Conservative segments of society and many of the country’s conservative religious scholars argue that ta'sib rules are derived from the Quran, and that women should always be financially supported by a male relative. In fact, 87% of Moroccan men and women oppose equality between men and women in matters of inheritance, according to a 2016 study by the High Planning Commission.

This works to the detriment of female heads of households. Many extended families refuse to support women breadwinners because they have a “difficult time accepting a woman’s status as single,” says Lina. Morocco’s economic troubles make matters worse: “It seems highly unlikely that relatives other than a husband of any socio-economic status would support a woman and her children for life,” she adds. Four million Moroccans, after all, live on under $4 a day, the informal economy represents 20% of the country’s GDP, and 31.5% of Moroccans aged 15 and up are illiterate (21.4% of men and 41.2% of women).

A long road ahead

Salafi religious scholar Mohamed Abdelouahab Rafiki is one of the few religious voices calling for equality in matters of inheritance. Rafiki has stated that, “The question of inheritance must be coherent with the evolution of society.” 

Tunisia’s move towards equality in inheritance is poised to be a model for Morocco. Rafiki notes that “What is interesting in the Tunisian case is that other countries will be influenced by what happens there, especially Morocco. Morocco is the only other country in the region where we find this dynamic, the only Arab country that can currently progress on the issue of inheritance."

“Laws are made by men and by the most powerful and are therefore not beneficial to women,” says Lina 

Some Moroccans link the country’s conservative inheritance laws with other norms and traditions that hold women back.

“Women might have, for instance, guardianship of their children, but still need multiple express permissions from their ex-husbands for such benign matters as obtaining and picking up a passport for their children, requesting a visa at the relevant embassy to leave the country, then yet another authorization to actually leave the country with her children,” says Lina the lawyer.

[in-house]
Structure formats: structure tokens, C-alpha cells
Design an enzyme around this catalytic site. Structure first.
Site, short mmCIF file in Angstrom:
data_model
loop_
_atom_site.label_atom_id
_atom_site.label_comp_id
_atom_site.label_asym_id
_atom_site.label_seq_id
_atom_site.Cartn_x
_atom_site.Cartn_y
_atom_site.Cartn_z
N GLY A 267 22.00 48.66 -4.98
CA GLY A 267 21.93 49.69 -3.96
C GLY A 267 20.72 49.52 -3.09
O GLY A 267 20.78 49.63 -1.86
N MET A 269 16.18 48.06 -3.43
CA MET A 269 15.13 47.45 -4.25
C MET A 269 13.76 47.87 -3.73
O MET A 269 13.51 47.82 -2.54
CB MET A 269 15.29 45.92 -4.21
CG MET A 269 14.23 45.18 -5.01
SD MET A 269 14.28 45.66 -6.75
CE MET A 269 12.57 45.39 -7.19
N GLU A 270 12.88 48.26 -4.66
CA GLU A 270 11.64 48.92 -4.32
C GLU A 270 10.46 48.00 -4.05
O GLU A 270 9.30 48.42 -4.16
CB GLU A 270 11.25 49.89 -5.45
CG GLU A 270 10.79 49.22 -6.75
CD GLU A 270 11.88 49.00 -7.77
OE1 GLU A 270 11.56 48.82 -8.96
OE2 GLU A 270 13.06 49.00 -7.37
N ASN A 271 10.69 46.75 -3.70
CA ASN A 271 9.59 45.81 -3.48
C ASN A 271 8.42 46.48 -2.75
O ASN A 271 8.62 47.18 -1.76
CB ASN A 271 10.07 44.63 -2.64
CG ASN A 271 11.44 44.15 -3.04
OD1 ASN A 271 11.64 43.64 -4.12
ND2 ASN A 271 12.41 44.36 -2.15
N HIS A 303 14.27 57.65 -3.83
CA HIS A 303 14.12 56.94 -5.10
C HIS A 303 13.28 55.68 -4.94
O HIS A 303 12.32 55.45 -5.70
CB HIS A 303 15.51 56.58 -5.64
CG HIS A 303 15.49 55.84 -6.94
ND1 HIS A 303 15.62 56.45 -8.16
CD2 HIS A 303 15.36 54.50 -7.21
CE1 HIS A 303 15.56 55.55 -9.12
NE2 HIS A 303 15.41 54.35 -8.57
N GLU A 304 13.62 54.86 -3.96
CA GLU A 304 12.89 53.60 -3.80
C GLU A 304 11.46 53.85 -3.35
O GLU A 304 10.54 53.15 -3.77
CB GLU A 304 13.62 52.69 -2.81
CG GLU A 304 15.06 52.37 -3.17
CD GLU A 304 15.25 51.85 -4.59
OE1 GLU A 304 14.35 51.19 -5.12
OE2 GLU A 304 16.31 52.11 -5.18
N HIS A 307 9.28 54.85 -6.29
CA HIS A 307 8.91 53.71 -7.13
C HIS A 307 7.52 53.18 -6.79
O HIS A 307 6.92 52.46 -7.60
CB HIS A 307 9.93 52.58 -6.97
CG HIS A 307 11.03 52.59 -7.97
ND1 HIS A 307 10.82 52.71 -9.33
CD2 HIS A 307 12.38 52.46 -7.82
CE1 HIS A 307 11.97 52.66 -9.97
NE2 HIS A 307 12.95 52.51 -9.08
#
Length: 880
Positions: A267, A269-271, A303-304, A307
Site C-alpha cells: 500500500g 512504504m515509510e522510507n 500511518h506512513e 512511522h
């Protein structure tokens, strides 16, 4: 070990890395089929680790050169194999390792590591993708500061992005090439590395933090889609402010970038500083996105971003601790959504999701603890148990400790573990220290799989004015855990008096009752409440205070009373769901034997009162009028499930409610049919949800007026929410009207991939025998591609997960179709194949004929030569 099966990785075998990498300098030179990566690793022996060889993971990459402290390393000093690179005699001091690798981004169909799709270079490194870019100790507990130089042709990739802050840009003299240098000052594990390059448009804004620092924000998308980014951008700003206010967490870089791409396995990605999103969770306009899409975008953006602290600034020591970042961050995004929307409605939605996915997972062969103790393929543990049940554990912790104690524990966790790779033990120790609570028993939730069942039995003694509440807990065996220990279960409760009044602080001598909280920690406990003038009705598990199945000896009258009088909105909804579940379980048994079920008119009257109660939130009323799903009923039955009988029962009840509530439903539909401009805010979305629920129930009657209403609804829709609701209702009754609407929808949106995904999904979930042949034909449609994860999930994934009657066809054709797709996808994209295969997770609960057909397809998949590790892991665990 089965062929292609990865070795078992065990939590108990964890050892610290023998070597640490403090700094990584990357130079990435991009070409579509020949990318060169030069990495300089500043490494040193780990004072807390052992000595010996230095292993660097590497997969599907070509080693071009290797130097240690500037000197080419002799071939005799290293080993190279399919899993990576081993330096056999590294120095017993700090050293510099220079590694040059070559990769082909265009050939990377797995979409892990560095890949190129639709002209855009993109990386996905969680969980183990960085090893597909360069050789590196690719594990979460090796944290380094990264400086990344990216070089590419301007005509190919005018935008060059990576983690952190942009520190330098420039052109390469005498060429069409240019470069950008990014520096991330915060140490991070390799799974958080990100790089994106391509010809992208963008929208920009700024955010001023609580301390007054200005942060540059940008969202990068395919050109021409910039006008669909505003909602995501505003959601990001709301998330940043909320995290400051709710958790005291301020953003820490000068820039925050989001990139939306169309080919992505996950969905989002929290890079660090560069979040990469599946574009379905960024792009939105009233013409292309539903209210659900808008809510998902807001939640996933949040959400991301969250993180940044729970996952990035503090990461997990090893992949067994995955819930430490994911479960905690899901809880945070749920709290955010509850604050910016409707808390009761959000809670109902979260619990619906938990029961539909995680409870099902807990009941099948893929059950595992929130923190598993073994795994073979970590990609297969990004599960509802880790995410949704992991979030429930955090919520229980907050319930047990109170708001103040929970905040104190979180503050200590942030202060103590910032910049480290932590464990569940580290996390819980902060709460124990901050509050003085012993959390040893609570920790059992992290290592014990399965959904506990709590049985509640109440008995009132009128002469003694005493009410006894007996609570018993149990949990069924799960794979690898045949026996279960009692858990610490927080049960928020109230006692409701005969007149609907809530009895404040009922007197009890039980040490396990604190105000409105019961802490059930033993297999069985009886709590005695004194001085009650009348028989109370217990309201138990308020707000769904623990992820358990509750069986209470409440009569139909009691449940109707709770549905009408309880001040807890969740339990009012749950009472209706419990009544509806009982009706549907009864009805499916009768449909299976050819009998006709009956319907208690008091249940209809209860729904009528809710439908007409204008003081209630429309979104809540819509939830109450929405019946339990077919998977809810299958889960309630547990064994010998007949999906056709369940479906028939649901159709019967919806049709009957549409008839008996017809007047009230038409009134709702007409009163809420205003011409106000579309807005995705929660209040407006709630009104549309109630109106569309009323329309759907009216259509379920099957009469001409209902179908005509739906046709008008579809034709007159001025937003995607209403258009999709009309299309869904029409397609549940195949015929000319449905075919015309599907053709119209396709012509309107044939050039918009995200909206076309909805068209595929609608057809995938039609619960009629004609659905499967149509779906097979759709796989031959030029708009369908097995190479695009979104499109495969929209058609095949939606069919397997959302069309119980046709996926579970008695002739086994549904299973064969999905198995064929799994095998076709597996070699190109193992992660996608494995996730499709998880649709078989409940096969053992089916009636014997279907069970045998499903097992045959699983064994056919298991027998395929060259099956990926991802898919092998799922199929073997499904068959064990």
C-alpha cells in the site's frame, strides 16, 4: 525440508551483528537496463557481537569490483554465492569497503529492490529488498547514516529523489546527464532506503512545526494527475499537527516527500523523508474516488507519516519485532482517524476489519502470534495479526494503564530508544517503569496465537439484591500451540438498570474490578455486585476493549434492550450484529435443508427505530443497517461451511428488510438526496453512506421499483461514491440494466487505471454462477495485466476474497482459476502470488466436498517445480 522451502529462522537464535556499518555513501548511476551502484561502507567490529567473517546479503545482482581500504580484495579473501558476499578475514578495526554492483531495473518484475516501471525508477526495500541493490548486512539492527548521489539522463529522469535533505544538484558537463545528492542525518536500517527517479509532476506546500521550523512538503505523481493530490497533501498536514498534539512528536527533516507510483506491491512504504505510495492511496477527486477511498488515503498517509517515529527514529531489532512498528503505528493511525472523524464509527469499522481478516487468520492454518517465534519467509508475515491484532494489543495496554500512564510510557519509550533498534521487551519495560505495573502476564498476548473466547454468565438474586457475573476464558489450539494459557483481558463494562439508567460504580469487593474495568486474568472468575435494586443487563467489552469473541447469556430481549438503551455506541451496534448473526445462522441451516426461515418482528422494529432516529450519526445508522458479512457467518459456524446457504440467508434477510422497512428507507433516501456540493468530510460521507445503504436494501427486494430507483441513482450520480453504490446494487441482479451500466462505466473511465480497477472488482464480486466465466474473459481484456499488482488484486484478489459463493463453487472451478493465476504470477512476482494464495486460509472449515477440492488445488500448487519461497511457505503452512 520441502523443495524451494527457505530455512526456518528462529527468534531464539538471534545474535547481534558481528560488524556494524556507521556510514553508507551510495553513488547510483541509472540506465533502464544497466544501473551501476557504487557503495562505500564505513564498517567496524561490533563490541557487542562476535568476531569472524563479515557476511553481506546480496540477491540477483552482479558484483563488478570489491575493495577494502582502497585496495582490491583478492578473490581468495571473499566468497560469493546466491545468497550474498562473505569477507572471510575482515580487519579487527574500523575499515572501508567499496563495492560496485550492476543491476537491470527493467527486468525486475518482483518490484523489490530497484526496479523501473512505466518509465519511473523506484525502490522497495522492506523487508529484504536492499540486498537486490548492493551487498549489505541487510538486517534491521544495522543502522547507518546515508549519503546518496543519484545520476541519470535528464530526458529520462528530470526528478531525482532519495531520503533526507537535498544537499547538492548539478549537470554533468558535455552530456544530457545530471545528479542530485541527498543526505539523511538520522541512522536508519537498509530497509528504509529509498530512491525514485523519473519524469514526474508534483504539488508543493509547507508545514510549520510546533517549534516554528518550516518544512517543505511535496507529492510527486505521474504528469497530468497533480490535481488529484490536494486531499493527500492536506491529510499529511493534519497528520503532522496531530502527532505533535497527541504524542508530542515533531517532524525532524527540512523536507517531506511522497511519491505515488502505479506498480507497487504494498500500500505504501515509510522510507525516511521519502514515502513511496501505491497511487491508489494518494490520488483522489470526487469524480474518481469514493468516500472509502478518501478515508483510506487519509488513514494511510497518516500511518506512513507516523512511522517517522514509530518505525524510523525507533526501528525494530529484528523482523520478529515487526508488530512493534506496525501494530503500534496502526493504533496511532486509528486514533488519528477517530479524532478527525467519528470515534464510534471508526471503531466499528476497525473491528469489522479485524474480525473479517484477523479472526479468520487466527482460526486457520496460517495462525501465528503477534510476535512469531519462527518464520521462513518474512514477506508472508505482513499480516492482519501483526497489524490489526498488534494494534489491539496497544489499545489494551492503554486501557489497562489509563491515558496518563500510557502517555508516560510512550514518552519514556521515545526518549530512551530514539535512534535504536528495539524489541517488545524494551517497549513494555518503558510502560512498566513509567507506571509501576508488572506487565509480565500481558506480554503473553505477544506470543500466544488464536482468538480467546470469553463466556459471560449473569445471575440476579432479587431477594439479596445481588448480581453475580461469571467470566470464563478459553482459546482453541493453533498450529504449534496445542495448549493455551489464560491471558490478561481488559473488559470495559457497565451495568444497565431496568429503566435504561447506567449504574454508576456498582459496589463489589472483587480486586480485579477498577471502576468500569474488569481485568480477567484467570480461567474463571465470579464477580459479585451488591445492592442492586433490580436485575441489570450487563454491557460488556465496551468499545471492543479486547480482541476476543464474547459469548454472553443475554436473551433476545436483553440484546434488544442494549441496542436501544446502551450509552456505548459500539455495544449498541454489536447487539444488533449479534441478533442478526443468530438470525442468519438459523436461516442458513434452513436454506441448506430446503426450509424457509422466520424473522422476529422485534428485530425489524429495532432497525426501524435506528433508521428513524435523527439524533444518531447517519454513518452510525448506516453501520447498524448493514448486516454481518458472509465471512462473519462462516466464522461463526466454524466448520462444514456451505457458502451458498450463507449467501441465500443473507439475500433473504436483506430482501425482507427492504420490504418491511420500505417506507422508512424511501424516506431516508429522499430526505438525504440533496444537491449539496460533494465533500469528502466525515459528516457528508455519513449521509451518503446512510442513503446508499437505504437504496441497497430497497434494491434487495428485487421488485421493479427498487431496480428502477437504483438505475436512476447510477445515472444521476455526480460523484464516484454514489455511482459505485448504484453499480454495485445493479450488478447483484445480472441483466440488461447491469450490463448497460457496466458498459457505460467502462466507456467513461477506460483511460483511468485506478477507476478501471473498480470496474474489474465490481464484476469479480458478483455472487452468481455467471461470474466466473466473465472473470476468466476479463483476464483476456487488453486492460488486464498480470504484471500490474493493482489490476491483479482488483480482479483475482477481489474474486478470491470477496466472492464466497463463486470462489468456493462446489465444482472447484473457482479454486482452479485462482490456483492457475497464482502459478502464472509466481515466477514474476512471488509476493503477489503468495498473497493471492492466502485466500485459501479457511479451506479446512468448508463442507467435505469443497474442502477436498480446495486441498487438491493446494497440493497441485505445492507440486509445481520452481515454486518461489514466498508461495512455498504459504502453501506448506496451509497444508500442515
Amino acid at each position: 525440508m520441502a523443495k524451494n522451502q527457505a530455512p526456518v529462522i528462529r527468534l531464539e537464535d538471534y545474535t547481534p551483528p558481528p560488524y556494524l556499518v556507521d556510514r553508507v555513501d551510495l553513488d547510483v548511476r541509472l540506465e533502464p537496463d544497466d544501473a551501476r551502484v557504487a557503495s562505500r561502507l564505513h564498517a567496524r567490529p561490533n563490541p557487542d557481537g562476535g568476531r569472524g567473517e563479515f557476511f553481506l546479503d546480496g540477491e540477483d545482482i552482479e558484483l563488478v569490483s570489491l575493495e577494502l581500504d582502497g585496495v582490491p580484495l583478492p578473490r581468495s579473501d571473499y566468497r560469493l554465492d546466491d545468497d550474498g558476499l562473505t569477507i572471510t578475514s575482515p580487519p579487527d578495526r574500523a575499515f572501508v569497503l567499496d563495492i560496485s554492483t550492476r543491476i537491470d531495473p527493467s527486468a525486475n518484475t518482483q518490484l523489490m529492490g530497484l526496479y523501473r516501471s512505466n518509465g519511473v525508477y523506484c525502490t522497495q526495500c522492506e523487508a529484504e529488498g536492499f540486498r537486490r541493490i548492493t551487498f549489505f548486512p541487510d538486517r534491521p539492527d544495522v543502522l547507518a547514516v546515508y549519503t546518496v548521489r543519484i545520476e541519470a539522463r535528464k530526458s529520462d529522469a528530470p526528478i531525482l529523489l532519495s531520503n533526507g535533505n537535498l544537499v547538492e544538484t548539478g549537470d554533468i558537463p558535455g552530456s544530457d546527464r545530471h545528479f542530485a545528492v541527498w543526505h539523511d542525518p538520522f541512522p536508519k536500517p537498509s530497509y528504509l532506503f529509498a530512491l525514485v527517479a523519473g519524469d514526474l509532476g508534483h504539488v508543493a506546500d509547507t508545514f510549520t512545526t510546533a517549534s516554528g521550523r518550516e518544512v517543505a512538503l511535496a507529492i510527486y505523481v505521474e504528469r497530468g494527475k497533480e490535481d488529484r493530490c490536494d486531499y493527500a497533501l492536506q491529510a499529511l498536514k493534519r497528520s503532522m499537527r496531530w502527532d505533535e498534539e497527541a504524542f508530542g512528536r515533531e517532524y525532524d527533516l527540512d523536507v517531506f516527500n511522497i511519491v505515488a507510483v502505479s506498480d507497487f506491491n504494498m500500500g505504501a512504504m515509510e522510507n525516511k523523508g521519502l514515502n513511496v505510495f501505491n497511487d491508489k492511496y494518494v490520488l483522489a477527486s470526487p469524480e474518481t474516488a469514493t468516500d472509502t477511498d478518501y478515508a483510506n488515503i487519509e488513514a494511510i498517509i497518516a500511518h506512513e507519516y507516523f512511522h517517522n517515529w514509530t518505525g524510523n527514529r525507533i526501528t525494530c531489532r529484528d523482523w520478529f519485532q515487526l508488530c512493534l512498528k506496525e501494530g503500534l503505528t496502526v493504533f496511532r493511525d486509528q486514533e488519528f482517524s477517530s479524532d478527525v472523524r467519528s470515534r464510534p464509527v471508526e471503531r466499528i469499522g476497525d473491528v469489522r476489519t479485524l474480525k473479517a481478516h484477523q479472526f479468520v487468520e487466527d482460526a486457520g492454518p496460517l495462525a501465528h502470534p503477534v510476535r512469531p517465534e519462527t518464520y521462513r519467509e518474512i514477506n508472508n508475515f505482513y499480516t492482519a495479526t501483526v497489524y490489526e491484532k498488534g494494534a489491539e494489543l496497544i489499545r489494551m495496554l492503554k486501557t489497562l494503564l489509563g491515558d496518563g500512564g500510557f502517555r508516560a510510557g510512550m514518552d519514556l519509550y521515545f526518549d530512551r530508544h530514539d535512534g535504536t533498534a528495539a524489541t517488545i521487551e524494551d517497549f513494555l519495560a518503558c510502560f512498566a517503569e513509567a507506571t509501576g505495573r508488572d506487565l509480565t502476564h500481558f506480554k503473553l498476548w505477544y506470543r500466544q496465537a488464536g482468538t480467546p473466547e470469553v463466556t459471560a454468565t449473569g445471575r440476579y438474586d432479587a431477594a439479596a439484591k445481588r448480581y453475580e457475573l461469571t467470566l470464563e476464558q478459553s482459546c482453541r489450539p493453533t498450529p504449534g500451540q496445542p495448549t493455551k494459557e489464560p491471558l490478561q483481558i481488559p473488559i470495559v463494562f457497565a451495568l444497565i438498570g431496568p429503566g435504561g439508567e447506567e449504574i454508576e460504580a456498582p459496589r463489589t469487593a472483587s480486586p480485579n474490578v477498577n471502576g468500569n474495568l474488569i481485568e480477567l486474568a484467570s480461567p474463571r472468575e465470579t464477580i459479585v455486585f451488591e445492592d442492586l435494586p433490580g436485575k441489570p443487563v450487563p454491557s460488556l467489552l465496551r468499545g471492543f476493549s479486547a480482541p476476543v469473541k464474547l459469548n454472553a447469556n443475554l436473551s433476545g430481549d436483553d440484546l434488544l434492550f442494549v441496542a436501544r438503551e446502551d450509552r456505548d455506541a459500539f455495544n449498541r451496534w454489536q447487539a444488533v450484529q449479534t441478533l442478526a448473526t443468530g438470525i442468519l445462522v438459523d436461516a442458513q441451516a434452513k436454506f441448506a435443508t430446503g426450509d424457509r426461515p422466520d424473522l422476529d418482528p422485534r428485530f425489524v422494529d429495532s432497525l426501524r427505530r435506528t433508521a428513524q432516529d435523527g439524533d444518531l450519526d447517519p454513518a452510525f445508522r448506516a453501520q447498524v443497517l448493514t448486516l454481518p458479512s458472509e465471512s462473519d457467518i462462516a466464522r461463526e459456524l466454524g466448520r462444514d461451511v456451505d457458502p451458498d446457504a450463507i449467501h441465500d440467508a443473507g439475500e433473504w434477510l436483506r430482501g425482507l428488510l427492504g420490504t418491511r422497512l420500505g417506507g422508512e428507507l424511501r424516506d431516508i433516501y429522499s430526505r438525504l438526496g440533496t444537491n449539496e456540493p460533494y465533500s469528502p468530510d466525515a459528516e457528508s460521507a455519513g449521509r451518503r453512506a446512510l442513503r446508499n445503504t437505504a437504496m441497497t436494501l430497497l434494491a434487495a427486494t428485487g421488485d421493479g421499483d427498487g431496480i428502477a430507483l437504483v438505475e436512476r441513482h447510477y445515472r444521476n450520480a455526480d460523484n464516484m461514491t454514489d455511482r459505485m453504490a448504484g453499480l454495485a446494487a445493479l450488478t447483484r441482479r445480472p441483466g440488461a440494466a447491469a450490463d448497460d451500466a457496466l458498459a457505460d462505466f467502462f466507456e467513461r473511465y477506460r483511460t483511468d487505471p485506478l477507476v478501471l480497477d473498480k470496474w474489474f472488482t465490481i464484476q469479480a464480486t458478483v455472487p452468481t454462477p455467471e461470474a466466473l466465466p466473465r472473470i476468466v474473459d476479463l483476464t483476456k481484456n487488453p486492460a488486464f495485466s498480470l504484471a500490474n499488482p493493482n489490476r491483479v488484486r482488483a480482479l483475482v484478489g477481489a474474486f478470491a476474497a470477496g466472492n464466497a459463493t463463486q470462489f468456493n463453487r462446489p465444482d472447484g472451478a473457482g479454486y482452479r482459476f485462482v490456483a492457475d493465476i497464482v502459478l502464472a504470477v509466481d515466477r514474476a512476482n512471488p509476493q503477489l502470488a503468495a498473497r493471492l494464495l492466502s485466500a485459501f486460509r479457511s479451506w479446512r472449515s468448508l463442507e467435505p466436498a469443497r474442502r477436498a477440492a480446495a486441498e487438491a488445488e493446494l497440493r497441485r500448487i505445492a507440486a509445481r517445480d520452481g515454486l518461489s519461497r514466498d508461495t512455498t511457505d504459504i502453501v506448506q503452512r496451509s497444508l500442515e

“Laws are made by men and by the most powerful and are therefore not beneficial to women,” she adds. 

Pending changes in Morocco’s inheritance laws, parents who want their daughters to receive an equal share of inheritance money find workarounds. Sometimes parents donate property or make financial gifts to their daughters to ensure their economic well-being while they are still alive. Husbands add their wives’ names to property, and other times, men step in to help a relative by giving up a share of their inheritance. 

Such was the case with Salma. Her “father gave up part of his inheritance to help one of his sisters who was less well-off. He also convinced his other sisters to do the same. His less well-off sister was able to build herself a house. May God rest her soul.”

Rajae Nami is a senior consultant at the Navanti Group who specializes in development issues in the Middle East and North Africa (MENA). Before joining Navanti, she worked for Magharebia/Zawaya, a Maghreb-focused news website, and as a MENA media analyst.

Navanti Joins the Society for International Development

Navanti Joins the Society for International Development

In Myanmar, Simmering Grievances Could Sabotage Years-Long Peace Process

In Myanmar, Simmering Grievances Could Sabotage Years-Long Peace Process

0